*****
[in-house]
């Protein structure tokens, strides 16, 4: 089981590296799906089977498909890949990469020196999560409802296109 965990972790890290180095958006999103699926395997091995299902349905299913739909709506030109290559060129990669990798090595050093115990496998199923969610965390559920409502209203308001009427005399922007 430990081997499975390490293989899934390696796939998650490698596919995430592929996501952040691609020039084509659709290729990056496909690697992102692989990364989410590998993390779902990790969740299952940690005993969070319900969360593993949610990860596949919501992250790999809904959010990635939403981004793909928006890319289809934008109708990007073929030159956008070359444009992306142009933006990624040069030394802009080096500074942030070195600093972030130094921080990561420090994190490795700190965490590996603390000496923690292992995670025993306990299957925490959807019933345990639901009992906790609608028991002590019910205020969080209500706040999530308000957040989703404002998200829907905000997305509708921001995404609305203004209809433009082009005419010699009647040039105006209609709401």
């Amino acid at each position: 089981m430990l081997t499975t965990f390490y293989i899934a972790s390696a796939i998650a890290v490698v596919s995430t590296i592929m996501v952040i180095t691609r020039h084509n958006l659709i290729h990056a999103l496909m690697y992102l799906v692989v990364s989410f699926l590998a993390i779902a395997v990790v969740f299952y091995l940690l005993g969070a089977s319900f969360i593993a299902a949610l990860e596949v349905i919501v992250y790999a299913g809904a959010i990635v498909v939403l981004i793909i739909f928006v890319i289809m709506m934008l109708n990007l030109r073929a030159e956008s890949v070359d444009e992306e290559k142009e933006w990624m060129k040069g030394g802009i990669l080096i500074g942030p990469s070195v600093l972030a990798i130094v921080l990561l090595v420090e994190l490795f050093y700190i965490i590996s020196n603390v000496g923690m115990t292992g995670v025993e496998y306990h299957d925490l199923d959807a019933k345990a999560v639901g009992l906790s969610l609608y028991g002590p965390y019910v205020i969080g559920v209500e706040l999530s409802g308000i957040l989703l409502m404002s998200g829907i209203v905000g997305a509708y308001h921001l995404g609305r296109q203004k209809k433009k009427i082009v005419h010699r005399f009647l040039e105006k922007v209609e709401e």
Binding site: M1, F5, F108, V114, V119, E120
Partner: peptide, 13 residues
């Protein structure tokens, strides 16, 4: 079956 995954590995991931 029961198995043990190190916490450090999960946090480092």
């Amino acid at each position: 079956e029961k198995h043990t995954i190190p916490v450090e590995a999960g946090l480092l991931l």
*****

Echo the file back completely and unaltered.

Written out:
[in-house]
């Protein structure tokens, strides 16, 4: 089981590296799906089977498909890949990469020196999560409802296109 965990972790890290180095958006999103699926395997091995299902349905299913739909709506030109290559060129990669990798090595050093115990496998199923969610965390559920409502209203308001009427005399922007 430990081997499975390490293989899934390696796939998650490698596919995430592929996501952040691609020039084509659709290729990056496909690697992102692989990364989410590998993390779902990790969740299952940690005993969070319900969360593993949610990860596949919501992250790999809904959010990635939403981004793909928006890319289809934008109708990007073929030159956008070359444009992306142009933006990624040069030394802009080096500074942030070195600093972030130094921080990561420090994190490795700190965490590996603390000496923690292992995670025993306990299957925490959807019933345990639901009992906790609608028991002590019910205020969080209500706040999530308000957040989703404002998200829907905000997305509708921001995404609305203004209809433009082009005419010699009647040039105006209609709401």
């Amino acid at each position: 089981m430990l081997t499975t965990f390490y293989i899934a972790s390696a796939i998650a890290v490698v596919s995430t590296i592929m996501v952040i180095t691609r020039h084509n958006l659709i290729h990056a999103l496909m690697y992102l799906v692989v990364s989410f699926l590998a993390i779902a395997v990790v969740f299952y091995l940690l005993g969070a089977s319900f969360i593993a299902a949610l990860e596949v349905i919501v992250y790999a299913g809904a959010i990635v498909v939403l981004i793909i739909f928006v890319i289809m709506m934008l109708n990007l030109r073929a030159e956008s890949v070359d444009e992306e290559k142009e933006w990624m060129k040069g030394g802009i990669l080096i500074g942030p990469s070195v600093l972030a990798i130094v921080l990561l090595v420090e994190l490795f050093y700190i965490i590996s020196n603390v000496g923690m115990t292992g995670v025993e496998y306990h299957d925490l199923d959807a019933k345990a999560v639901g009992l906790s969610l609608y028991g002590p965390y019910v205020i969080g559920v209500e706040l999530s409802g308000i957040l989703l409502m404002s998200g829907i209203v905000g997305a509708y308001h921001l995404g609305r296109q203004k209809k433009k009427i082009v005419h010699r005399f009647l040039e105006k922007v209609e709401e």
Binding site: M1, F5, F108, V114, V119, E120
Partner: peptide, 13 residues
């Protein structure tokens, strides 16, 4: 079956 995954590995991931 029961198995043990190190916490450090999960946090480092």
């Amino acid at each position: 079956e029961k198995h043990t995954i190190p916490v450090e590995a999960g946090l480092l991931l």